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India concerned over China’s plans in Sri Lanka


Comments / {{hitsCtrl.values.hits}} Views / Monday, 5 February 2018 00:00


India’s Defense Minister Nirmala Sitharaman has expressed concerns over China’s plans in Sri Lanka, after the Sri Lanka handed over the operational control of its strategic southern port in Hambantota to a Chinese state-owned company in January.



Hinting at security concerns over Sri Lanka handing over its Hambantota Port to China, Defense Minister Nirmala Sitharaman has raised doubts whether China would confine itself only to port activities, according to a report in The Hindu.

“Whether China will confine itself to only port activities in Hambantota port is a question and I do not want to say anything further,” she told reporters after a meeting on the implementation on “New India vision 2022” at the Collectorate in Ramanathapuram on Wednesday.

She said the Sri Lankan government had handed over the port to China on a 99-year lease after having failed to repay a loan. On whether China setting up its ‘base’ in Hambantota port posed security threat to the country and whether India was prepared to face the threat, she said, “whether China will use the port only for port activities is a question mark and my reply answers all your queries.’

About the failure to identify the killers of Rameswaram fisherman K. Britjo, who was allegedly shot dead by the Sri Lankan Navy on the high seas on March 6, 2017, Sitharaman said it was taking time as it was an international issue and the Centre was following it up. “We will not give it up,” she added. 

India boosts maritime reach with Seychelles pact to build naval facilities

NEW DELHI/PORT VICTORIA (Reuters): India has signed a 20-year pact with the Seychelles to build an airstrip and a jetty for its navy in the island chain, the two countries said, as the South Asian nation steps up a contest with China for influence in the Indian Ocean.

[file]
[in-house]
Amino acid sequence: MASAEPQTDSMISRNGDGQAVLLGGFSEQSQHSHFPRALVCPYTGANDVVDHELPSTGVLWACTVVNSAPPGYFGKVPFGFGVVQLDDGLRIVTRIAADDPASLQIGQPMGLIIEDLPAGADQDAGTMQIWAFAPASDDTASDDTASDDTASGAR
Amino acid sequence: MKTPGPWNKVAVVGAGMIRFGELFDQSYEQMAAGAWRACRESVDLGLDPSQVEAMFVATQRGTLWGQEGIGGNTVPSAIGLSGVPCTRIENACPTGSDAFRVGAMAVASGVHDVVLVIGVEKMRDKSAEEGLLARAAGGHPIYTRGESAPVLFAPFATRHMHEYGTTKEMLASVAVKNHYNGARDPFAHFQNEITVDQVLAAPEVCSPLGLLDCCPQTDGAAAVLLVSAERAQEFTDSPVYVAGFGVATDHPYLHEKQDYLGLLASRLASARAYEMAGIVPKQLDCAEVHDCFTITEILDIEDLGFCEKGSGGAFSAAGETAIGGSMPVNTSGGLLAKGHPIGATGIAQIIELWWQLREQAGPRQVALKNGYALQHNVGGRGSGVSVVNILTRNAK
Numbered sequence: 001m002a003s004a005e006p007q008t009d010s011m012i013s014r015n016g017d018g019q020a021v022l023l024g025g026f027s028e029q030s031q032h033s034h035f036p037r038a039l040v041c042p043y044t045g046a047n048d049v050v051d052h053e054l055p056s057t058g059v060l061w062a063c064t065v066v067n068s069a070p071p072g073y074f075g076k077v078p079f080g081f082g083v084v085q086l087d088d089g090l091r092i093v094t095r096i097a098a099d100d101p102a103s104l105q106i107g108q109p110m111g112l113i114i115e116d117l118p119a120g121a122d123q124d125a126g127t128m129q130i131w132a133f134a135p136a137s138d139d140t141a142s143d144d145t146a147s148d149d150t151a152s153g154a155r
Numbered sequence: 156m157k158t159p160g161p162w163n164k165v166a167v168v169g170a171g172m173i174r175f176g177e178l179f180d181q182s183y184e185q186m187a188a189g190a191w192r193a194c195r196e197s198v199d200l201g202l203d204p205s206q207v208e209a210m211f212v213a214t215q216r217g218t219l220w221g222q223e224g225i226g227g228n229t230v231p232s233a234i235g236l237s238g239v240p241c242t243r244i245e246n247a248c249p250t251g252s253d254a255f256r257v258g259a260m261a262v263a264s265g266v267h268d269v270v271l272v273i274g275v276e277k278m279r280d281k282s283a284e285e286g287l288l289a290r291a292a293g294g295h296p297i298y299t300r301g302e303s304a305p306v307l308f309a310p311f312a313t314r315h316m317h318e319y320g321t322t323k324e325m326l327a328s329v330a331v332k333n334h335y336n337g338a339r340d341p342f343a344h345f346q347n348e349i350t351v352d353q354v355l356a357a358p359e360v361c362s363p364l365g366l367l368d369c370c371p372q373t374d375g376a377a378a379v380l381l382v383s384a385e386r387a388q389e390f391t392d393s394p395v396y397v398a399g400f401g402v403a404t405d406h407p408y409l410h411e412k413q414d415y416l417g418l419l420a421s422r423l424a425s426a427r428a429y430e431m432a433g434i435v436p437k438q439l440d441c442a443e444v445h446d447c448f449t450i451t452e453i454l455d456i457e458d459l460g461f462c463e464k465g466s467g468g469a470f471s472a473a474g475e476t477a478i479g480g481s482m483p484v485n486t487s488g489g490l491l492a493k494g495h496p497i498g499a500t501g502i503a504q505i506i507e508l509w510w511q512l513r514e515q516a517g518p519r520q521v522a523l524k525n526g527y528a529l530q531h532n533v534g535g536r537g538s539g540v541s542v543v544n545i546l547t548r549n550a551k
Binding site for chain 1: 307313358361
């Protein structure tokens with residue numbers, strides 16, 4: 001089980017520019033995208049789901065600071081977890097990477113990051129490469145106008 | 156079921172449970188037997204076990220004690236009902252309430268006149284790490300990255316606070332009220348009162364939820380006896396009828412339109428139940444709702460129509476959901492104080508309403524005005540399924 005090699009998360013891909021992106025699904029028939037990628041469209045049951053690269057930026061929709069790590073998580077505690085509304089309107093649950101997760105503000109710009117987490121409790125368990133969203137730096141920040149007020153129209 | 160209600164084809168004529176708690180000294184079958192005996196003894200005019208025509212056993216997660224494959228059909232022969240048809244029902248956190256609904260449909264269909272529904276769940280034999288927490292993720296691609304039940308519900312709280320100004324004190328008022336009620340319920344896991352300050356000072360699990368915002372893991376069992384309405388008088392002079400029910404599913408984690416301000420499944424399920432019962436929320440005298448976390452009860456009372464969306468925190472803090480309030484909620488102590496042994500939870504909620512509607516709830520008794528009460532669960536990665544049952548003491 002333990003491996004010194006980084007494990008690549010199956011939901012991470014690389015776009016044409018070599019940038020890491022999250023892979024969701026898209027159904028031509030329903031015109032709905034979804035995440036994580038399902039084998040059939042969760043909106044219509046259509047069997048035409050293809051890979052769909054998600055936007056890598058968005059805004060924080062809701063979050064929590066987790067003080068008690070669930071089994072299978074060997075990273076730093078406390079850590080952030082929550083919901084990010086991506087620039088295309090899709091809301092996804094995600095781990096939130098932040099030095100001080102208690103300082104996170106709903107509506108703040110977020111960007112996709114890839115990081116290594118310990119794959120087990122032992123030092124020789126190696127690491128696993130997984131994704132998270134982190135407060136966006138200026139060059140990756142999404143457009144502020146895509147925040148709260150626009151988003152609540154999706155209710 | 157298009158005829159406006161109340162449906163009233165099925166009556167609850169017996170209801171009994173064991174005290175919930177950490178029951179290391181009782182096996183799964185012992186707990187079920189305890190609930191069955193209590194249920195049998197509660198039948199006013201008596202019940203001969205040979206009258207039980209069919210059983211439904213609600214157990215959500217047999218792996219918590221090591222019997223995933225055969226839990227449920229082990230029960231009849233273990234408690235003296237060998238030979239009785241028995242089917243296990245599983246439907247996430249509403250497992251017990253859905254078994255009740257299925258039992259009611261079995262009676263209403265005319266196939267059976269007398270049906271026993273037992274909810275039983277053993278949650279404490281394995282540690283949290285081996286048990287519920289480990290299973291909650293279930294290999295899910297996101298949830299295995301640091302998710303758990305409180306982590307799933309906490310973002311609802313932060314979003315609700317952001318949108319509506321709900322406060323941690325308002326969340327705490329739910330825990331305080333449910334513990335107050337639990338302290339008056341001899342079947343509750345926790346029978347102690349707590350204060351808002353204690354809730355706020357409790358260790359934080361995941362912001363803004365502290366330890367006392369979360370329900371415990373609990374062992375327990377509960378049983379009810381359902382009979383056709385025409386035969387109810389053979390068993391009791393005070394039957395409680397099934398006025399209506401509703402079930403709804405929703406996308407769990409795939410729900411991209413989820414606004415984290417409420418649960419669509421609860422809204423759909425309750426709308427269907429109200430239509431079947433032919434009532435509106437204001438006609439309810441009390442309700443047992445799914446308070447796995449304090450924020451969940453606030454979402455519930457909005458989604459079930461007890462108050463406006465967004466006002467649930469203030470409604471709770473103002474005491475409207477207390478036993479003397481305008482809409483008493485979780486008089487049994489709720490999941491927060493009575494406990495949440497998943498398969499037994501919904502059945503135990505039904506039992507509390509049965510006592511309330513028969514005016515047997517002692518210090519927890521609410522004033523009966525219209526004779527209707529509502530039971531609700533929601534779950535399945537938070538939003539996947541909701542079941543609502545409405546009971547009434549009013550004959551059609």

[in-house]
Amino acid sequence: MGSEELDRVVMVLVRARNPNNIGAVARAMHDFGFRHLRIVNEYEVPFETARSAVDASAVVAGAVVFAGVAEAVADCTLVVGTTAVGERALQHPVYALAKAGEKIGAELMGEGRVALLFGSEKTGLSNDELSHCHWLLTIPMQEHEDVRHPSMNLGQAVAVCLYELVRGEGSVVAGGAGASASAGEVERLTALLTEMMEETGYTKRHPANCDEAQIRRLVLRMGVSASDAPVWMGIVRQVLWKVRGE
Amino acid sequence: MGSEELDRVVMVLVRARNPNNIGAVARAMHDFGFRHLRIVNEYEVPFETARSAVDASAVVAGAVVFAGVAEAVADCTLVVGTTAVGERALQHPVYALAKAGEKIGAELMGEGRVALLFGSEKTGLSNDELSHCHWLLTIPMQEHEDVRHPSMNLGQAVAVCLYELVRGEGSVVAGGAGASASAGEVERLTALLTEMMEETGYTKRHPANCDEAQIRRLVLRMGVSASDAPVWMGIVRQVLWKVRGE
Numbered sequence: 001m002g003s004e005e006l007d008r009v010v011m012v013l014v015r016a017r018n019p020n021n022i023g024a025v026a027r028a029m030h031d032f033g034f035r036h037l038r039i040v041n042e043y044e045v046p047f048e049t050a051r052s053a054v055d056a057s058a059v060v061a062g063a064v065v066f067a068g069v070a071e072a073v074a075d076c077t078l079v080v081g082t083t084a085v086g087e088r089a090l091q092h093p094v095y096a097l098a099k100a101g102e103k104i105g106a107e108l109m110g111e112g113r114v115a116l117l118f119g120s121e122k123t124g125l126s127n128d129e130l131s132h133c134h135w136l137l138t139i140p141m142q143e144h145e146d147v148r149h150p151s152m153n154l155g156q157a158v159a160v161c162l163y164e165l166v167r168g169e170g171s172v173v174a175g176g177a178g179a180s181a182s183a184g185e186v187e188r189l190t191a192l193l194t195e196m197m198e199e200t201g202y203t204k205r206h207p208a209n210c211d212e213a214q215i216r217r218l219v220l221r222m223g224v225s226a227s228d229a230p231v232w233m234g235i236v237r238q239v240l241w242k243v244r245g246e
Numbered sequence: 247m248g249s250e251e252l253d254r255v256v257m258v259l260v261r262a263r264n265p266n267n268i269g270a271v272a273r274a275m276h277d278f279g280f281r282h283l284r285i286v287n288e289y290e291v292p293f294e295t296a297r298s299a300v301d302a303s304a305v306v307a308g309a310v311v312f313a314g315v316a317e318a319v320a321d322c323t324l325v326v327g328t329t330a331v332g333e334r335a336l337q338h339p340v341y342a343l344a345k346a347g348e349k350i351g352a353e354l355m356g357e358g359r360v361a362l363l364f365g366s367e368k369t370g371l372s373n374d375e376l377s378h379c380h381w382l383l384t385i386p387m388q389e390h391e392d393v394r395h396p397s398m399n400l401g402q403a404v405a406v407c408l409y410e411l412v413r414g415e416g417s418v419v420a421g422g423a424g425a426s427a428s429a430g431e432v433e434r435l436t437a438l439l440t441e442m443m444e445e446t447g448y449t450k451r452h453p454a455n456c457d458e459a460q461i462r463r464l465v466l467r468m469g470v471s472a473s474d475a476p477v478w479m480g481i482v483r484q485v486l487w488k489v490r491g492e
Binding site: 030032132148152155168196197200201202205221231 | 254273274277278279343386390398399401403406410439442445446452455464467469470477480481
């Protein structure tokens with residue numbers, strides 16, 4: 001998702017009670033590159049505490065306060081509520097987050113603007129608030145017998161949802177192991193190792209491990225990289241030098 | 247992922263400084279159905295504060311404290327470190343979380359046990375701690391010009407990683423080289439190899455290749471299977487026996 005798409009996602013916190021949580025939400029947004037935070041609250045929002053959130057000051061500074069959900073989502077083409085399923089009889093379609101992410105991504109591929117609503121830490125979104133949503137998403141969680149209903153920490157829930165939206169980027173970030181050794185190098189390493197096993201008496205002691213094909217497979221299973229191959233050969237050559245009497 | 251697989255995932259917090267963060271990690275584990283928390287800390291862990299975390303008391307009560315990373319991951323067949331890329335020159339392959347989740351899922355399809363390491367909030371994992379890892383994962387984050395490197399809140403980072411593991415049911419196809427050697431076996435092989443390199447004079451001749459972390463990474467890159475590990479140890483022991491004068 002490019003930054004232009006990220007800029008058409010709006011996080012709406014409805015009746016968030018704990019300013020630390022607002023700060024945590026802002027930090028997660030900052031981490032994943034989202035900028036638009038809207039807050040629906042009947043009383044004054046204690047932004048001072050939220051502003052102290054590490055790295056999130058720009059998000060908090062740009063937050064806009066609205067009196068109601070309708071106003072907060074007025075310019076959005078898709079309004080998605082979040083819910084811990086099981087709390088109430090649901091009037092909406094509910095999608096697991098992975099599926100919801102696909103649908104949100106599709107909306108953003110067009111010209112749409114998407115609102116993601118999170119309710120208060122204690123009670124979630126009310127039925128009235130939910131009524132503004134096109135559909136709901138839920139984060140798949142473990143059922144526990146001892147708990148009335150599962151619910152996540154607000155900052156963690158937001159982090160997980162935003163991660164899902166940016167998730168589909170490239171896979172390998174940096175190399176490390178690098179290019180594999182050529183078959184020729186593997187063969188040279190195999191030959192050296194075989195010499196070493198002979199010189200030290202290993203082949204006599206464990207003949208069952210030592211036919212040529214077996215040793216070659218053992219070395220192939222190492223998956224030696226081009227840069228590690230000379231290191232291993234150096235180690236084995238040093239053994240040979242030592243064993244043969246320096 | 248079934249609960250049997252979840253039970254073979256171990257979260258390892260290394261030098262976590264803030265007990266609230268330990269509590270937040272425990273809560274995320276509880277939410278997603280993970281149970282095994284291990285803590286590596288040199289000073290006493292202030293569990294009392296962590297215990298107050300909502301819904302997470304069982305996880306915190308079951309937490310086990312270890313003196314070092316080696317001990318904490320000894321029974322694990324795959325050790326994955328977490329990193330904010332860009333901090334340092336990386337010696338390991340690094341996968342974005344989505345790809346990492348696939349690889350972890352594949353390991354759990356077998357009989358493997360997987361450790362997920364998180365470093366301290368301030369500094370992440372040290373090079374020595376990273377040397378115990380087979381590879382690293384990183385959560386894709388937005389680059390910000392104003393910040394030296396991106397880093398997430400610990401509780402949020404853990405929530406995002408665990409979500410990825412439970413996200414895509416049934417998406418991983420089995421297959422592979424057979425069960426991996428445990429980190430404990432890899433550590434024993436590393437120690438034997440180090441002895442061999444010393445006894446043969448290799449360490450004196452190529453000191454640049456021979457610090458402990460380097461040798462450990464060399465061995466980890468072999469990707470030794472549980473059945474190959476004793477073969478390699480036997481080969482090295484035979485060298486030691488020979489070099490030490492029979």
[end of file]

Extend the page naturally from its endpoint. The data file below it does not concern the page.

China last year inaugurated its first overseas military base in Djibouti, near one of the world’s busiest shipping lanes, deepening Indian insecurities and pushing it to gain a foothold in the region.

The agreement signed in the Seychelles’ capital of Victoria last weekend provides for India to develop the airstrip and jetty on the Assumption islands, near another shipping route.

“India is helping us free of charge, and the facilities and activities will entirely be at the control of Seychelles and will be conducted as per the laws of Seychelles,” Barry Faure, its secretary of state for foreign affairs, told Reuters.

But nothing had been leased to India and the new facilities would help Seychelles better control its exclusive economic zone of 1.3 million square kilometres, Faure added.

First announced during Indian Prime Minister Narendra Modi’s trip to the islands in 2015, the pact faced problems, as critics who feared a handover of territory demanded that the Seychelles government make clear the terms of India’s role.

But those concerns have since been tackled, officials said. India and Seychelles are maritime neighbours with a stake in each other’s security, said Indian Foreign Secretary Subrahmaniam Jaishankar, who signed the agreement in his last official action before retiring this week.

“India and Seychelles have drawn up a cooperation agenda that covers joint efforts in anti-piracy operations, and enhanced surveillance and monitoring to prevent intrusions by potential economic offenders,” he said. These are people engaged in illegal fishing, poaching, drug and human trafficking, he added.

China has been building ports, power stations and highways across Asia, but the terms of some of its investments have angered people. In Sri Lanka, China faced criticism after taking control of the southern port of Hambantota it had built in a debt-to-equity swap deal.

India has tried to be more careful, avoiding giving hard loans and casting its assistance as a joint endeavour.

But military officials called the Seychelles pact a big step in extending the reach of India’s navy, which is expected to rotate its ships and aircraft through the islands. “The development is a clear indicator that India’s geo-strategic frontier is expanding in tandem with China’s growing strategic footprint in the Indo-Pacific,” said Captain Gurpreet Khurana of the Indian Navy’s National Maritime Foundation.

 


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